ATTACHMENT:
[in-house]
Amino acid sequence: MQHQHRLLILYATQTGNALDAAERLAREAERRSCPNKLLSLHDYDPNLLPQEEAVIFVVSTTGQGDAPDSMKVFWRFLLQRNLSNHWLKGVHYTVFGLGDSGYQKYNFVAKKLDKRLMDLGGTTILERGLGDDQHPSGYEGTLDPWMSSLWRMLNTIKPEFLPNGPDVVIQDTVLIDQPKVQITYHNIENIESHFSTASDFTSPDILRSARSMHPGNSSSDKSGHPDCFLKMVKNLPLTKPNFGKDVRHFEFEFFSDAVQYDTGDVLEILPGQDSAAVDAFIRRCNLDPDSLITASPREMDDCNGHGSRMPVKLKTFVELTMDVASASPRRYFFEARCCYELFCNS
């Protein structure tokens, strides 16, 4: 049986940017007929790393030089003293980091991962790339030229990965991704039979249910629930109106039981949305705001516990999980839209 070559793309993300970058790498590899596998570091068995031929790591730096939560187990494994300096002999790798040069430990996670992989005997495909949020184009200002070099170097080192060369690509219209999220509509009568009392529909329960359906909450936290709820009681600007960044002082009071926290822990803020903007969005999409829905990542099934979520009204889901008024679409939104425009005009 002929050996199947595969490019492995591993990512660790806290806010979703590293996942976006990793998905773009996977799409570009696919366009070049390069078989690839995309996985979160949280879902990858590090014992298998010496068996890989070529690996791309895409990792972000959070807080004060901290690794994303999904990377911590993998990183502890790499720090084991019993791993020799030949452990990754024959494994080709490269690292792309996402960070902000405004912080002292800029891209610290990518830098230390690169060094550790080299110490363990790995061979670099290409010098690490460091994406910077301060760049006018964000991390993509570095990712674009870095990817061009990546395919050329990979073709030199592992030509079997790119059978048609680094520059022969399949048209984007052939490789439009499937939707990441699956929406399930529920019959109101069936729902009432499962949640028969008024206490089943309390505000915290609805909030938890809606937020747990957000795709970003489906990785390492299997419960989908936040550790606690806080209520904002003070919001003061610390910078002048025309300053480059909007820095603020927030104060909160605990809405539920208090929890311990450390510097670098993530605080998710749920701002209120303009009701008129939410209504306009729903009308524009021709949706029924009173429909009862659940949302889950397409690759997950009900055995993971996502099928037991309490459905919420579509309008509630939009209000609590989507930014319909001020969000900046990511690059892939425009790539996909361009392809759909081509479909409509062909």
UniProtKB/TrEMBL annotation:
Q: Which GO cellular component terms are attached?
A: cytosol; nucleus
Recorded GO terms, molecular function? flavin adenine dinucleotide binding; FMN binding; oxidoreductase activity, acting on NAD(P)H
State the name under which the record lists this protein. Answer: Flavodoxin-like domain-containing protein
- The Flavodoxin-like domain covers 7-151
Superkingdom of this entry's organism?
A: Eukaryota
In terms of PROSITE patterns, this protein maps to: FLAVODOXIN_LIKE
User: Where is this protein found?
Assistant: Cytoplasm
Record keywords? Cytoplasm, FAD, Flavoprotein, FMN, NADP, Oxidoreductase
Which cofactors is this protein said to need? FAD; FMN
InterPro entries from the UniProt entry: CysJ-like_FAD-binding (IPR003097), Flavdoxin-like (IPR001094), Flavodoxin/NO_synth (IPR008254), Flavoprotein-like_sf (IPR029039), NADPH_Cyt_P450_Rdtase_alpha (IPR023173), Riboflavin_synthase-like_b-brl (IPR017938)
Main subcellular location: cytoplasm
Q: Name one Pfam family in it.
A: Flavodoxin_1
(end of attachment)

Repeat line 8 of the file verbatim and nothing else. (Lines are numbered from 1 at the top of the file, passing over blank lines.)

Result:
State the name under which the record lists this protein. Answer: Flavodoxin-like domain-containing protein